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Linux System Supporters to Announce Standard Version

September 14, 2004|From Associated Press

In an effort to be more competitive with Microsoft Corp., supporters of the Linux operating system have agreed on a standard version that seeks to ensure that programs written for one Linux distribution will work with the others.

The agreement, organized by the nonprofit Free Standards Group of San Francisco, is meant to prevent Linux from splitting into several conflicting distributions. That happened years ago with the Unix operating system, with several companies offering incompatible variations.

"Without this, we are no better than the proprietary Unix systems of old," said Jon Hall, executive director of Linux International, another nonprofit Linux organization.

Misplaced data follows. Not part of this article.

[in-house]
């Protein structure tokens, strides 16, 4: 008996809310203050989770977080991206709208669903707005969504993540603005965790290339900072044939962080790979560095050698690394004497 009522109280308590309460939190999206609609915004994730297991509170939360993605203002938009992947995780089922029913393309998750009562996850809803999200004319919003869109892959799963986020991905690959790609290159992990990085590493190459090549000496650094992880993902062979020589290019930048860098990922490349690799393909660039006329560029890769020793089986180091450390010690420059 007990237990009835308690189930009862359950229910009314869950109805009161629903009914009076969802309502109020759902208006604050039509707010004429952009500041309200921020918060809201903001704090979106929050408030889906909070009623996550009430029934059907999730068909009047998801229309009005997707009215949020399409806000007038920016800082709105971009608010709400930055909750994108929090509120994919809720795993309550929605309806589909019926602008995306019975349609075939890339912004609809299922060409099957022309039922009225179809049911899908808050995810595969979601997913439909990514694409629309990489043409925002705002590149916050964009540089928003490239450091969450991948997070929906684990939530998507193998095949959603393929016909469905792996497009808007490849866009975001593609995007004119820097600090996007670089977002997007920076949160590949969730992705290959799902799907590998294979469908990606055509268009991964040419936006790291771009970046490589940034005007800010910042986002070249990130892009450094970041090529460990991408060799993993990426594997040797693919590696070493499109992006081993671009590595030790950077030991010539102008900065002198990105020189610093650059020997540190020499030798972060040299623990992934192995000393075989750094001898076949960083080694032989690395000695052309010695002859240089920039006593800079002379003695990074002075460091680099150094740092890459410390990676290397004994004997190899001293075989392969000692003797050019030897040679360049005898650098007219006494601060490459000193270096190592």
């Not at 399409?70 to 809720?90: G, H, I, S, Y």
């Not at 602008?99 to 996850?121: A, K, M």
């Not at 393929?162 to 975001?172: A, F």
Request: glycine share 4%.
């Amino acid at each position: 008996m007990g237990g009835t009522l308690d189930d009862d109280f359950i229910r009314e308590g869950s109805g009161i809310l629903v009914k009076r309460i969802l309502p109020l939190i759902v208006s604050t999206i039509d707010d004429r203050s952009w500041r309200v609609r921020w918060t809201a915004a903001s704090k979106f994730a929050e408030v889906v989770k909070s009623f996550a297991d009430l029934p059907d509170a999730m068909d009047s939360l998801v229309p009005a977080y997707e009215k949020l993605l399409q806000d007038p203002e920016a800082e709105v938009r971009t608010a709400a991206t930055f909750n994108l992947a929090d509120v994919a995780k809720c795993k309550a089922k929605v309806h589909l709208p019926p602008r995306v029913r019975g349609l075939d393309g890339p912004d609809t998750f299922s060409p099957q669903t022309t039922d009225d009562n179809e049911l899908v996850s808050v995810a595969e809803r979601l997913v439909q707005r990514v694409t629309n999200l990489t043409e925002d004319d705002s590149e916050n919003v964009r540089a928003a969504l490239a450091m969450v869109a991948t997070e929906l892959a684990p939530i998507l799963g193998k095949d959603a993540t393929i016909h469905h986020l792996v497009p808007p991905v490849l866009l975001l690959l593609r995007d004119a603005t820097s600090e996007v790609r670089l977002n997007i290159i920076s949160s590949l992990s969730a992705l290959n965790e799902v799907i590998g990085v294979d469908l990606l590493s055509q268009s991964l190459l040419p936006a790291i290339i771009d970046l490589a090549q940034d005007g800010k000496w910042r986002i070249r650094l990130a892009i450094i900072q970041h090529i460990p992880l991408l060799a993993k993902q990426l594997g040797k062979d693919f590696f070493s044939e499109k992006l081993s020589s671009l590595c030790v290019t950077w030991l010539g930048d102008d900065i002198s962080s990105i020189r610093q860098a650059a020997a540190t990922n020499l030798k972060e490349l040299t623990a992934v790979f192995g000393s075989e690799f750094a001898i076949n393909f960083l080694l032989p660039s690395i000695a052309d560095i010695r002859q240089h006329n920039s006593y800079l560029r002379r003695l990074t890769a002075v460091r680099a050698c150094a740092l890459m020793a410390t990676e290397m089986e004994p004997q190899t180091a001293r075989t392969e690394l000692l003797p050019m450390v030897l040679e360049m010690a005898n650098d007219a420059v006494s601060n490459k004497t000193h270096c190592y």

The so-called Linux Standard Base 2.0 is expected to be officially announced today by the Free Standards Group.

The standard is supported by most major Linux vendors, including Red Hat Inc., Novell Inc., Red Flag Software Co. of China and Turbolinux Inc. of Japan. Pledges of support also came from chip makers Advanced Micro Devices Inc. and Intel Corp. as well as Hewlett Packard Co., Dell Inc. and IBM Corp.

Microsoft, which sells the world's dominant Windows operating system, has run ads in Europe that suggest that Linux users would face confusion and headaches should Linux split into incompatible versions.

The ads show the Linux penguin mascot with frog feet and elephant trunks.

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